And finally, when you are cynical, you tend to attract others who are also cynical. This is because of a phenomenon known as homophily: people tend to flock to those who are of a similar mental make-up. Even if you were lucky enough to have the opportunity to befriend a less cynical person, she would have little incentive to maintain friendship with you since she would find your company to be unpleasant. Thus, a cynical person will sooner or later have no choice but to hang out with other cynical people. This eventually geneates a vicious cycle: because our attitudes and opinions are largely shaped by those with whom we associate, hanging out with cynical people reinforces our cynicism, making us even more steadfast in our cynicism.

How does one break the cycle of cynicism?

Breaking any habit starts with the realization that one has a problem. Breaking the habit of cynicism can be particularly difficult, since most people don't even realize that they are cynical. So, the place to start is to assess whether you are more cynical than you should be.

How would you know this?

I think there are two warning signs. First, do your closest friends and family think that you are more negative than you should be, especially when interpreting not just someone else's but even their behaviors? It can sometimes be difficult to figure out what your friends and family think of you, but one way is to notice what they say to you when you are having an argument: are you routinely accused by your friends and family as someone who is overly negative?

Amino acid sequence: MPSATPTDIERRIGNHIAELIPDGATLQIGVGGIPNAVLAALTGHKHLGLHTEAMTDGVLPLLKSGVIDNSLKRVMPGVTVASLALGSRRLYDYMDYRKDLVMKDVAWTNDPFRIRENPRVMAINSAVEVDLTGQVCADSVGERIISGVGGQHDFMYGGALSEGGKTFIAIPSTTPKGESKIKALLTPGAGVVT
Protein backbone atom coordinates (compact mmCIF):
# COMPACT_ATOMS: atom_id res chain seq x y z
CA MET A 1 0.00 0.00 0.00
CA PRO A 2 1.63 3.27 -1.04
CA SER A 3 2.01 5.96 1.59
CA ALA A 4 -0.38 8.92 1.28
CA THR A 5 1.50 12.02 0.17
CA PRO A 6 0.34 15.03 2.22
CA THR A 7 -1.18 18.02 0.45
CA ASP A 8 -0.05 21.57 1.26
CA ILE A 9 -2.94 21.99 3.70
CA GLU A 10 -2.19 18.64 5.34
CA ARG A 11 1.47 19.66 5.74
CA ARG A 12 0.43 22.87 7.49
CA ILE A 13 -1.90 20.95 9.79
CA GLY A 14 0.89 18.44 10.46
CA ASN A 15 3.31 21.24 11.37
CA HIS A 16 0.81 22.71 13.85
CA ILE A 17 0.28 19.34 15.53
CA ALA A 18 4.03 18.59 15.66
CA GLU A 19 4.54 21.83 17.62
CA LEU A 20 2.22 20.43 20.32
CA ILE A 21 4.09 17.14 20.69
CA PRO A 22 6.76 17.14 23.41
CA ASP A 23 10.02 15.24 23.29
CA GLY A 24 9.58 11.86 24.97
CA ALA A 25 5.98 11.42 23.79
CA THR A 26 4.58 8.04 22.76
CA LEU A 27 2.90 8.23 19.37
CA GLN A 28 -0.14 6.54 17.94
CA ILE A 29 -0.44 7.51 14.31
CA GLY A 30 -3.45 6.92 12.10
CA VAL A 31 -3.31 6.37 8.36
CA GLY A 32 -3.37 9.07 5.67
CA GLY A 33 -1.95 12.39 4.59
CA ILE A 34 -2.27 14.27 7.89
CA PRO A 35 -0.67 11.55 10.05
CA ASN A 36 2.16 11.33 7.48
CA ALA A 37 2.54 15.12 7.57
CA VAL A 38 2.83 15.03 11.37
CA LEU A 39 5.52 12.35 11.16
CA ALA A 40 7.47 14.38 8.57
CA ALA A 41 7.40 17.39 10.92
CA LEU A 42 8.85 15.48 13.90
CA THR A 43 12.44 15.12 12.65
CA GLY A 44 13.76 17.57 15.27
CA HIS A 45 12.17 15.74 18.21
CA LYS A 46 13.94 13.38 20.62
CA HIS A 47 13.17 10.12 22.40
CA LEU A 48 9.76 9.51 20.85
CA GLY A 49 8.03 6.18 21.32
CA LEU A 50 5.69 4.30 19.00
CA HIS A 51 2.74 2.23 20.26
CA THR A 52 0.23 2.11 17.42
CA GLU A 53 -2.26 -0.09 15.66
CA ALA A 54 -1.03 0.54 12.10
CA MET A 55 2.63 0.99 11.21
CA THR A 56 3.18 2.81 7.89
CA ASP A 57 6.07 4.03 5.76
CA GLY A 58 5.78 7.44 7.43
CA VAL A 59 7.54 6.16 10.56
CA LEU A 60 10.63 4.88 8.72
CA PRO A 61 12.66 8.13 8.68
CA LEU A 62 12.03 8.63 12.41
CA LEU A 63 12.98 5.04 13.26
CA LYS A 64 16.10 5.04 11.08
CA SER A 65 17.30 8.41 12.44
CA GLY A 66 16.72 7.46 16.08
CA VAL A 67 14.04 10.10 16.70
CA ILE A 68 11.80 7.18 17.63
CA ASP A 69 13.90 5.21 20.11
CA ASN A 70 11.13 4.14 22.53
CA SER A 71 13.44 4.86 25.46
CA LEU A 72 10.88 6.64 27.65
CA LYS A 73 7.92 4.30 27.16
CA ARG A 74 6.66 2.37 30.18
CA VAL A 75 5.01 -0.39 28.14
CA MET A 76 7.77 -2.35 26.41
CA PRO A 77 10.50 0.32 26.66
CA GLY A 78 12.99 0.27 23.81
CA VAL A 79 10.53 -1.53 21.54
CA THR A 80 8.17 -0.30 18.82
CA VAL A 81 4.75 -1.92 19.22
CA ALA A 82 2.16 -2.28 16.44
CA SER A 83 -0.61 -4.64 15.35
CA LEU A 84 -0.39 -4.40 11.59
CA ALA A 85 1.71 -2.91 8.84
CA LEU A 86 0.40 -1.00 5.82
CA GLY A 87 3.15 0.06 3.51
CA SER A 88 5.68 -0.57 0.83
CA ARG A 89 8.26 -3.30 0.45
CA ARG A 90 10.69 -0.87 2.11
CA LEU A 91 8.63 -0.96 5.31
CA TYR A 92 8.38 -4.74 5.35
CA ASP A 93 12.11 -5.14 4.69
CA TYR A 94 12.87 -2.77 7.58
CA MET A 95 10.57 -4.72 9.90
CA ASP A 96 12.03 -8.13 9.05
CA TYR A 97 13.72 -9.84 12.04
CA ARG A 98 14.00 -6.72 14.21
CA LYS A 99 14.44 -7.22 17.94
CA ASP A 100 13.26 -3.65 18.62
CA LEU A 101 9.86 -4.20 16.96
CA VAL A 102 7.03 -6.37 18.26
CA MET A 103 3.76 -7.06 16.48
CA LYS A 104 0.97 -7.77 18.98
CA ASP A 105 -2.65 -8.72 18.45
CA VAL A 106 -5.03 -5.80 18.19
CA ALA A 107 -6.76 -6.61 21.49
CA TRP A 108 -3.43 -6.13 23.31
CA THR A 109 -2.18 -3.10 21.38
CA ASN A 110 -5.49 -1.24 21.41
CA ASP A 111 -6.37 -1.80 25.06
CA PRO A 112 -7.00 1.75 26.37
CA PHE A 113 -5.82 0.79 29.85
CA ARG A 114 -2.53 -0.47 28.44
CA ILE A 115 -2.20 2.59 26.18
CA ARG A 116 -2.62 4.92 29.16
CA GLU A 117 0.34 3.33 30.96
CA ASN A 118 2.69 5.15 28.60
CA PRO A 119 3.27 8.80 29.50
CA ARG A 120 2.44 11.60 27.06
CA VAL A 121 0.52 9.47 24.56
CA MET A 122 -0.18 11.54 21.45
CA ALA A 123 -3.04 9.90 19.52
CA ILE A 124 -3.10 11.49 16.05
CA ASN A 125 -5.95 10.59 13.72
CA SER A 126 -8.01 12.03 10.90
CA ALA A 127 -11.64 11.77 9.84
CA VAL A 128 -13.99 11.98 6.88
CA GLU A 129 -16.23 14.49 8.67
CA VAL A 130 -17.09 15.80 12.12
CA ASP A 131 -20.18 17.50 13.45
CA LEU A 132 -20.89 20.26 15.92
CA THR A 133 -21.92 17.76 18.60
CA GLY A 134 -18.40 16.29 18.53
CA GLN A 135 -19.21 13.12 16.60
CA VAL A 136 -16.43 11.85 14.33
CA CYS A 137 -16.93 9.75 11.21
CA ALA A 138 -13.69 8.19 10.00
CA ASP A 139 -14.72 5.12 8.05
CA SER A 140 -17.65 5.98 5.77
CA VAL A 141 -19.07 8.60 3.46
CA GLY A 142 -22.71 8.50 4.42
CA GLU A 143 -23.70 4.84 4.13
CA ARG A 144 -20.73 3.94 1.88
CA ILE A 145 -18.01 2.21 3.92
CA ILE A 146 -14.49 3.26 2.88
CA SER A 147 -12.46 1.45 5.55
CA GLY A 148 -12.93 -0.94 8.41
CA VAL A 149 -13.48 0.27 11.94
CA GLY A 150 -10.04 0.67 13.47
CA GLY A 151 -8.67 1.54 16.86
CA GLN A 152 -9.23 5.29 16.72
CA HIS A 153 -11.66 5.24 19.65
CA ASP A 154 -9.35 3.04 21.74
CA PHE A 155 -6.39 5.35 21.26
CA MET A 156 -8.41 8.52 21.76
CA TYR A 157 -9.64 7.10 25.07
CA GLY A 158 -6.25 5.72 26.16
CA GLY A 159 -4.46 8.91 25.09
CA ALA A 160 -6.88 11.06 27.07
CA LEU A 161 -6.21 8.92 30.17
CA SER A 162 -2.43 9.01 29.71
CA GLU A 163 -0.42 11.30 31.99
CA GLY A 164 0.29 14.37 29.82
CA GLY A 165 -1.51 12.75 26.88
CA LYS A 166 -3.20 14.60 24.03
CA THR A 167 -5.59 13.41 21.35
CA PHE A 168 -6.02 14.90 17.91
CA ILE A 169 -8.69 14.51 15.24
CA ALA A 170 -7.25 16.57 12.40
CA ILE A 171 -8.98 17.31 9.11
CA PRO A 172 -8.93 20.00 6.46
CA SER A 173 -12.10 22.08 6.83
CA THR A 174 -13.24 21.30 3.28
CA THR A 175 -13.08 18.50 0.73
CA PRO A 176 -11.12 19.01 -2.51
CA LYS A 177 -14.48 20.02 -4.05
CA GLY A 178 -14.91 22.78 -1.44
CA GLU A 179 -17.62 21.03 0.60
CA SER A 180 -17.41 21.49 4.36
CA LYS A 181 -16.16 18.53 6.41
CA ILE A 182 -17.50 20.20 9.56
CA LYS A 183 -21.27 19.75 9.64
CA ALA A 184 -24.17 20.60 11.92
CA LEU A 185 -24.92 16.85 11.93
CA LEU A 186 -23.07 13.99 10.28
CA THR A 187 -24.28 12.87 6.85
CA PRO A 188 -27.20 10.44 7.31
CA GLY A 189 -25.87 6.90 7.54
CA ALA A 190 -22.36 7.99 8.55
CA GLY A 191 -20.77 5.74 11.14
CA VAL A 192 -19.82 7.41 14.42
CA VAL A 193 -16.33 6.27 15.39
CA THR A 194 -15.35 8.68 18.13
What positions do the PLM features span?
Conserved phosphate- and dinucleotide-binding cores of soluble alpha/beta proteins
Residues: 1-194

Of course, you can only find this out if you are sufficiently close to your friends and family, which leads me to the second warning sign: Do you have at least one close person who you can totally trust? That is, do you have at least one deep and meaningful relationship? If you don't, you may have a problem trusting others, which, in turn, probably stems from being overly cynical of others. Findings show that the one absolutely essential factor for being happy is having at least one deep and meaningful relationship.

Even if neither of these warning signs applies to you, you may be more cynical than you should be-from the perspective of maximizing your happiness. One way to find out if this is indeed the case is to do some self-experimentation: the next time you find yourself being cut off from your lane as you are driving (or something similar happens), notice the nature of your spontaneous interpretations: are they negative or positive? That will give you a clue as to whether you have scope to become less cynical.

When I asked the 40 Texan respondents in my study why, if ever, they would cut into someone else's lane, every one of them, without exception, said that they would only do so only if they were: a) in a hurry, or b) hadn't noticed the car in the other lane. So, it seems that all of us think of ourselves as trustworthy, decent people, but we find it difficult to give others the benefit of doubt that we seek from them. What would happen in a world in which people were, by default, trusting rather than cynical? Extrapolating from studies on trust and reciprocity suggest that such a world would be a wonderful place-everyone's happiness would be multiplied.

What prevents us from living in such a world?

It seems that we need a critical mass of volunteers to jump start the virtuous cycle of positivity-volunteers who, despite being occasionally taken advantage of, will continue to give others as much benefit of the doubt as is realistically possible.

Do you feel that you could be such a volunteer?

Interested in these topics? Go to Sapient Nature.

Raj Raghunathan, Ph.D., is an Associate Professor affiliated with the Department of Marketing at the University of Texas McCombs School of Business.